Ian Rumfitt (2000) developed a bilateralist account of logic in which the meaning of the connectives is given by conditions on asserted and rejected sentences. An additional set of inference rules, the coordination principles, determines the interaction of assertion and rejection. Fernando Ferreira (2008) found this account defective, as Rumfitt must state the coordination principles for arbitrary complex sentences. Rumfitt (2008) has a reply, but we argue that the problem runs deeper than he acknowledges and is in fact related to (...)
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  21.  15
    Spinoza on Learning to Live Together, by Susan James.Aaron Garrett - 2023 - Mind 132 (525):288-295.
    Spinoza on Learning to Live Together is a collection of nine of Susan James’ previously published papers alongside four more essays published for the first time.
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  22.  14
    Conscious Experience: A Logical Inquiry, by Anil Gupta.Christopher S. Hill - 2023 - Mind 132 (525):251-259.
    This dazzlingly original and ambitious book challenges the epistemological and metaphysical preconceptions of contemporary philosophers on many fronts, and prop.
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  23.  71
    Nietzsche on the Decadence and Flourishing of Culture, by Andrew Huddleston. [REVIEW]Claire Kirwin - 2023 - Mind 132 (525):243-251.
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  24.  73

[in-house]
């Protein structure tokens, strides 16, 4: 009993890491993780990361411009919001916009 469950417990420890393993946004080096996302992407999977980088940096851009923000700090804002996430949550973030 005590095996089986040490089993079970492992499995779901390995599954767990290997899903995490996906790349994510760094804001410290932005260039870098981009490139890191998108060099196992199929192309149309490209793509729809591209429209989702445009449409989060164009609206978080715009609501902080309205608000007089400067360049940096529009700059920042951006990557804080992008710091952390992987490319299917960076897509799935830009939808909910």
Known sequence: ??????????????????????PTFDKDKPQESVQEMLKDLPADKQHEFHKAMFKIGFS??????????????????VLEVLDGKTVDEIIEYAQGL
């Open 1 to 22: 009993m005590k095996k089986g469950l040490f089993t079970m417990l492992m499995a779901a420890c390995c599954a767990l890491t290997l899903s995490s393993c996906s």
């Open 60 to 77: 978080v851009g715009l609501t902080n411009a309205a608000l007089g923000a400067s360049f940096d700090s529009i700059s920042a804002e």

Not Half True.Poppy Mankowitz - 2023 - Mind 132 (525):84-112.
    The word ‘true’ shows some evidence of gradability. For instance, there are cases where truth-bearers are described as ‘slightly true’, ‘completely true’ or ‘very true’. Expressions that accept these types of modifiers are analysed in terms of properties that can be possessed to a greater or lesser degree. If ‘true’ is genuinely gradable, then it would follow that there are degrees of truth. It might also follow that ‘true’ is context-sensitive, like other gradable expressions. Such conclusions are difficult to reconcile (...)
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  25.  1
    Nietzsche’s Metaphilosophy: The Nature, Method, and Aims of Philosophy, edited by Paul S. Loeb and Matthew Meyer.Allison Merrick - 2023 - Mind 132 (525):269-277.
    In his later works Nietzsche repeatedly underscores the importance of philosophical methods. In Beyond Good and Evil, for example, he takes issue with the ‘awkw.
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  26.  19
    Backlighting and Occlusion.Søren Overgaard - 2023 - Mind 132 (525):63-83.
    In the philosophy of perception, objects are typically frontlit. But according to Roy Sorensen, backlit objects have surprising lessons to teach us about perception. In backlit conditions, ‘the principles of occlusion are reversed’, Sorensen (2008, p. 25) maintains. In particular, he claims we see the back surfaces of backlit objects. But as I argue in this paper, Sorensen’s arguments in support of those claims are flawed. After criticizing Sorensen’s arguments, I attempt to address a residual puzzle about backlit objects. The (...)